Press publications include Artforum Critics' Picks, 1000 Words, Hot Shoe, Art in America, Whitewall, The Telegraph, The Guardian, Art Review & Frieze.
Birkin recently completed a commissioned portrait of a North Korean refugee for the Photographers’ Gallery, London. He is currently on VLA’s Art & Law Residency in New York, with a forthcoming exhibition at the Dumbo Arts Center in Brooklyn.…Read More
VLA Art & Law Residency Exhibition | Dumbo Arts Center, New York
The World in London | Photographers’ Gallery, London
Photographers Transcending the Print | Photo50, London (curator: Sue Steward)
Mirror Gaze | Solyanka State Gallery, Moscow
New Sensations | Saatchi Gallery
Moments of Reprieve | Tallinn Kunstihoone, Estonia
MA Degree Show | Slade School of Fine Art, UCL
Fraternize | Beaconsfield (curator: Rachel Howard)
Everlast (live performance) | ICA, London
Other Criteria | Armory Art Fair, New York
Sovereign European Art Prize Exhibition | Barbican Centre, London
Aktualnosci: Photography in Britain | Photomonth, Krakow
East Wing IX | Courtauld Institute of Art
Exposure | National Media Museum
Play | Paradise Row, London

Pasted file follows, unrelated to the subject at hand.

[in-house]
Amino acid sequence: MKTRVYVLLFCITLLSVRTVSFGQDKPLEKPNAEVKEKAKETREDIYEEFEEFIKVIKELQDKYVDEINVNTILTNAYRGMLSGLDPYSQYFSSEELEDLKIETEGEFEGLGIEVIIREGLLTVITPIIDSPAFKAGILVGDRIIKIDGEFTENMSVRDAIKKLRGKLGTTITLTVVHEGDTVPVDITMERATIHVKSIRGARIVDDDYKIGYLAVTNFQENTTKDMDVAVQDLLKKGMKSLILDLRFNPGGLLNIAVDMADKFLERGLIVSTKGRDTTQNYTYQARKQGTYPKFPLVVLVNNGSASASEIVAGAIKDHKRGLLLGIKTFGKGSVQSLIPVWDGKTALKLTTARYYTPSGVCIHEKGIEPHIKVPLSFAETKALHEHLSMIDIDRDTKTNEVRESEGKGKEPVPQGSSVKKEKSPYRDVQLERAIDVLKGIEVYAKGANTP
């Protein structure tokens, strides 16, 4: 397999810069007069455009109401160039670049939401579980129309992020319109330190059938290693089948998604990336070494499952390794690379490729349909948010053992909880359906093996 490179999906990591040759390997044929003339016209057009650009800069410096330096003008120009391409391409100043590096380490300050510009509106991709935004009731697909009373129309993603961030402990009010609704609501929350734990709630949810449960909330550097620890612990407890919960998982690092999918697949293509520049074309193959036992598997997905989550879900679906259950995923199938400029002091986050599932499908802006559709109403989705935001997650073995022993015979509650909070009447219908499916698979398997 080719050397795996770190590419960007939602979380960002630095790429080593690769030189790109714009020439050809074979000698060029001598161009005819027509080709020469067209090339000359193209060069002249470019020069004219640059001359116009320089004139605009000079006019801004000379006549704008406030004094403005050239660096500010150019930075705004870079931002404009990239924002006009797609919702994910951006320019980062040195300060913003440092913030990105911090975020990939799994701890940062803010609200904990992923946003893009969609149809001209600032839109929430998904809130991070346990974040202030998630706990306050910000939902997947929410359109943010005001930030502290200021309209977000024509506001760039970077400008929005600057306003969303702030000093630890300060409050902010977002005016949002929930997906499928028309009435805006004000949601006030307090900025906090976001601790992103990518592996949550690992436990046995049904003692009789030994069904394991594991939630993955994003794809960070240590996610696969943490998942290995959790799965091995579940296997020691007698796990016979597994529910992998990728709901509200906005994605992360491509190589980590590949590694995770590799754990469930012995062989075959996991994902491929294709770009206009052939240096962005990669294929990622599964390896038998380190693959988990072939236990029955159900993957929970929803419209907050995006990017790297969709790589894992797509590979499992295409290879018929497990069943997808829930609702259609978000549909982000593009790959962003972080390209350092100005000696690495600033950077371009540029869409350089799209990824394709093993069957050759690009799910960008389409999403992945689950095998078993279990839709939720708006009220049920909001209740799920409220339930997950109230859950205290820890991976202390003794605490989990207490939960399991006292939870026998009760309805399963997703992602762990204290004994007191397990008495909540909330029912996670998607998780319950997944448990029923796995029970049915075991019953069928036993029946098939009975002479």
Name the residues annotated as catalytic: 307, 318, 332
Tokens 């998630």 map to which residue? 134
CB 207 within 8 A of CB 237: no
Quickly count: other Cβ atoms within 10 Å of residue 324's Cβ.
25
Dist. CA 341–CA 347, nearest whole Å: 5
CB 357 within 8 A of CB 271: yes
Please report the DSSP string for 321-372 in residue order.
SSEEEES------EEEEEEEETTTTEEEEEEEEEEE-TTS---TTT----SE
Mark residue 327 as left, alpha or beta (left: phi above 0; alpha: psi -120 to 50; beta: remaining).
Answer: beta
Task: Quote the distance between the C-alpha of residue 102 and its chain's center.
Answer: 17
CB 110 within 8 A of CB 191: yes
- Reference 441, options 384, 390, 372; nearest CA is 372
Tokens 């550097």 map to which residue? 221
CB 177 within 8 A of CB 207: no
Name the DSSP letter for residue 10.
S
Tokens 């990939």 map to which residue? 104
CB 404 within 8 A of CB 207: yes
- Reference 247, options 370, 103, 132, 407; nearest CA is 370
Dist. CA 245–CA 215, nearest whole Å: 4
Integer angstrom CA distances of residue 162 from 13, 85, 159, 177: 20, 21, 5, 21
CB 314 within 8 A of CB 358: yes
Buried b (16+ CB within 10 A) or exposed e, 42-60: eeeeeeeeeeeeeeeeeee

Starting with a Photograph | Saatchi Gallery / Michael Hoppen (curator: Rebecca Wilson)
Natural Wonders: New Art from London | Baibakov Art Projects, Moscow
Form | La Galerie Nuke, Paris
The Body Beyond Death | Trolley, London
The Letting Go | T1+2 Gallery, London
Vanishing Point | Madder 139, London
A Letter from the Boneyard, Afghanistan | Eleven Fine Art, London
Fame & Promise | Victoria Miro Gallery, London
SCHOLARSHIPS, RESIDENCIES & AWARDS
Four Corners Film & Photography Residency, London
VLA Art & Law Residency, New York
2010-11 Arts & Humanities Research Council Scholarship for Graduate Study
Sovereign European Art Prize
National Media Museum Bursary
Filmed performances for Nathaniel Mellors: Tate Triennial Altermodern, Tate Britain (2009); British Art Show, Hayward Gallery (2010); ICA London (2011).
Director / talks coordinator of the Speakers’ Society: a forum for debate in contemporary art, culture and politics. Past speakers include: John Gray, Simon Baker, Jake Chapman Simon Critchley, Cornelia Parker & Marina Warner. Sponsored by Outset Contemporary Art Fund: www.thespeakerssociety.org
Photojournalism: conscientious objectors of the 2006 Israel-Lebanon War, Siddiq Barmak’s Afghan Film Institute & the training of female journalists in post-Taliban Kabul.
Narrated the translation of Chris Marker and Alan Resnais’ 1953 film Les statues meurent aussi for the French Institute, London.
Productions for the Royal National Theatre, Peter Hall Company, Arcola Theatre and Brooklyn Academy of Music, N.Y.
Curator of Moments of Reprieve: Representing Loss in Contemporary Photography: Adam Broomberg & Oliver Chanarin, Ori Gersht, Idris Khan, Indre Serpytyte & Taryn Simon.
Artforum Critics’ Picks, Art in America, Frieze, The Telegraph (Lucy Davies), Evening Standard (Sue Steward), 1000 Words, Hot Shoe Magazine.…Read More
SLADE SCHOOL OF FINE ART | MA Fine Art
UNIVERSITY OF OXFORD | BA Anthropology